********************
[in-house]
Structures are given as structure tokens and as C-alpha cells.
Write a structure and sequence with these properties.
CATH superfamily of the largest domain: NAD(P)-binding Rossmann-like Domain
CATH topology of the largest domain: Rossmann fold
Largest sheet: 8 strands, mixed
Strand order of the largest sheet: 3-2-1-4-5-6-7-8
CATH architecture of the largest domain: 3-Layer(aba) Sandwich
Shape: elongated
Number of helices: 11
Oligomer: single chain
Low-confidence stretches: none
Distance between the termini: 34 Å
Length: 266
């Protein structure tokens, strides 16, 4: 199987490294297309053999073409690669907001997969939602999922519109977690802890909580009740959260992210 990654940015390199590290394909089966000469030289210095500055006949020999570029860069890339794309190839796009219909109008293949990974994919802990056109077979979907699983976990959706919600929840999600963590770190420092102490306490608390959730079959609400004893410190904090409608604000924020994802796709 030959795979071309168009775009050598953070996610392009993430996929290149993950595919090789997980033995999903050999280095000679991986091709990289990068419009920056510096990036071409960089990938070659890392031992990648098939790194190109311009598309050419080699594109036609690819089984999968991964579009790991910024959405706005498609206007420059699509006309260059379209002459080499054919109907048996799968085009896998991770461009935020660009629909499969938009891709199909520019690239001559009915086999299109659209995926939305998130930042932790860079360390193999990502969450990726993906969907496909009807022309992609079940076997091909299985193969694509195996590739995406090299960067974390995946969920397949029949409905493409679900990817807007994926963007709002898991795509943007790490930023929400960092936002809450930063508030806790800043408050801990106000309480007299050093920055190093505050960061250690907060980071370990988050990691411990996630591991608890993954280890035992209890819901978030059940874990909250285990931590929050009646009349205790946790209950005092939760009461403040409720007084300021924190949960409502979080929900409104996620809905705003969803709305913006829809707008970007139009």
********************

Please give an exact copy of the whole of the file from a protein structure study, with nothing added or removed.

[in-house]
Structures are given as structure tokens and as C-alpha cells.
Write a structure and sequence with these properties.
CATH superfamily of the largest domain: NAD(P)-binding Rossmann-like Domain
CATH topology of the largest domain: Rossmann fold
Largest sheet: 8 strands, mixed
Strand order of the largest sheet: 3-2-1-4-5-6-7-8
CATH architecture of the largest domain: 3-Layer(aba) Sandwich
Shape: elongated
Number of helices: 11
Oligomer: single chain
Low-confidence stretches: none
Distance between the termini: 34 Å
Length: 266
């Protein structure tokens, strides 16, 4: 199987490294297309053999073409690669907001997969939602999922519109977690802890909580009740959260992210 990654940015390199590290394909089966000469030289210095500055006949020999570029860069890339794309190839796009219909109008293949990974994919802990056109077979979907699983976990959706919600929840999600963590770190420092102490306490608390959730079959609400004893410190904090409608604000924020994802796709 030959795979071309168009775009050598953070996610392009993430996929290149993950595919090789997980033995999903050999280095000679991986091709990289990068419009920056510096990036071409960089990938070659890392031992990648098939790194190109311009598309050419080699594109036609690819089984999968991964579009790991910024959405706005498609206007420059699509006309260059379209002459080499054919109907048996799968085009896998991770461009935020660009629909499969938009891709199909520019690239001559009915086999299109659209995926939305998130930042932790860079360390193999990502969450990726993906969907496909009807022309992609079940076997091909299985193969694509195996590739995406090299960067974390995946969920397949029949409905493409679900990817807007994926963007709002898991795509943007790490930023929400960092936002809450930063508030806790800043408050801990106000309480007299050093920055190093505050960061250690907060980071370990988050990691411990996630591991608890993954280890035992209890819901978030059940874990909250285990931590929050009646009349205790946790209950005092939760009461403040409720007084300021924190949960409502979080929900409104996620809905705003969803709305913006829809707008970007139009």